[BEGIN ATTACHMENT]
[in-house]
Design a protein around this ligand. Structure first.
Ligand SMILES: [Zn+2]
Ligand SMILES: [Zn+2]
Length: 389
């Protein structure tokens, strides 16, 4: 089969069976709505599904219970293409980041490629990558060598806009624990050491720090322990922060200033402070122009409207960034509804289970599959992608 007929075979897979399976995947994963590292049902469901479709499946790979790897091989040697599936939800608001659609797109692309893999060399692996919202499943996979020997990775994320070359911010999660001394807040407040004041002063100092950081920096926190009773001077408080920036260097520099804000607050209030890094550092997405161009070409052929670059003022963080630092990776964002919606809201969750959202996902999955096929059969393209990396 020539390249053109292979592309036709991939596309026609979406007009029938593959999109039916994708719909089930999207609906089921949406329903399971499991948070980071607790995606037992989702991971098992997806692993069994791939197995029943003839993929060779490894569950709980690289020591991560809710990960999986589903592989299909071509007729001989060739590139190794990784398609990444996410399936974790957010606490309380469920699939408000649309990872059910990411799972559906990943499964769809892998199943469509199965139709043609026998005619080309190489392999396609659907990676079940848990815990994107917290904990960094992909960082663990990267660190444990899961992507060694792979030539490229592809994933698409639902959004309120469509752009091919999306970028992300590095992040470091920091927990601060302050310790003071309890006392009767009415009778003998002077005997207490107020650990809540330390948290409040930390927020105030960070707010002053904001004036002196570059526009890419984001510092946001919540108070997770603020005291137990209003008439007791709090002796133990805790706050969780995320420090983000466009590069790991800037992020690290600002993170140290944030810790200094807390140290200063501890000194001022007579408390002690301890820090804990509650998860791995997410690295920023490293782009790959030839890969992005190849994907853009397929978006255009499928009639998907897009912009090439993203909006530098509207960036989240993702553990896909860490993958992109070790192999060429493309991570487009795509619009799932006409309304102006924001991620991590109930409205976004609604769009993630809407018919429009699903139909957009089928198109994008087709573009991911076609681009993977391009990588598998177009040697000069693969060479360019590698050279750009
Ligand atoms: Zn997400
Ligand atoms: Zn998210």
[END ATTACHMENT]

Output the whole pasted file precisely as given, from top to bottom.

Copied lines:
[in-house]
Design a protein around this ligand. Structure first.
Ligand SMILES: [Zn+2]
Ligand SMILES: [Zn+2]
Length: 389
């Protein structure tokens, strides 16, 4: 089969069976709505599904219970293409980041490629990558060598806009624990050491720090322990922060200033402070122009409207960034509804289970599959992608 007929075979897979399976995947994963590292049902469901479709499946790979790897091989040697599936939800608001659609797109692309893999060399692996919202499943996979020997990775994320070359911010999660001394807040407040004041002063100092950081920096926190009773001077408080920036260097520099804000607050209030890094550092997405161009070409052929670059003022963080630092990776964002919606809201969750959202996902999955096929059969393209990396 020539390249053109292979592309036709991939596309026609979406007009029938593959999109039916994708719909089930999207609906089921949406329903399971499991948070980071607790995606037992989702991971098992997806692993069994791939197995029943003839993929060779490894569950709980690289020591991560809710990960999986589903592989299909071509007729001989060739590139190794990784398609990444996410399936974790957010606490309380469920699939408000649309990872059910990411799972559906990943499964769809892998199943469509199965139709043609026998005619080309190489392999396609659907990676079940848990815990994107917290904990960094992909960082663990990267660190444990899961992507060694792979030539490229592809994933698409639902959004309120469509752009091919999306970028992300590095992040470091920091927990601060302050310790003071309890006392009767009415009778003998002077005997207490107020650990809540330390948290409040930390927020105030960070707010002053904001004036002196570059526009890419984001510092946001919540108070997770603020005291137990209003008439007791709090002796133990805790706050969780995320420090983000466009590069790991800037992020690290600002993170140290944030810790200094807390140290200063501890000194001022007579408390002690301890820090804990509650998860791995997410690295920023490293782009790959030839890969992005190849994907853009397929978006255009499928009639998907897009912009090439993203909006530098509207960036989240993702553990896909860490993958992109070790192999060429493309991570487009795509619009799932006409309304102006924001991620991590109930409205976004609604769009993630809407018919429009699903139909957009089928198109994008087709573009991911076609681009993977391009990588598998177009040697000069693969060479360019590698050279750009
Ligand atoms: Zn997400
Ligand atoms: Zn998210």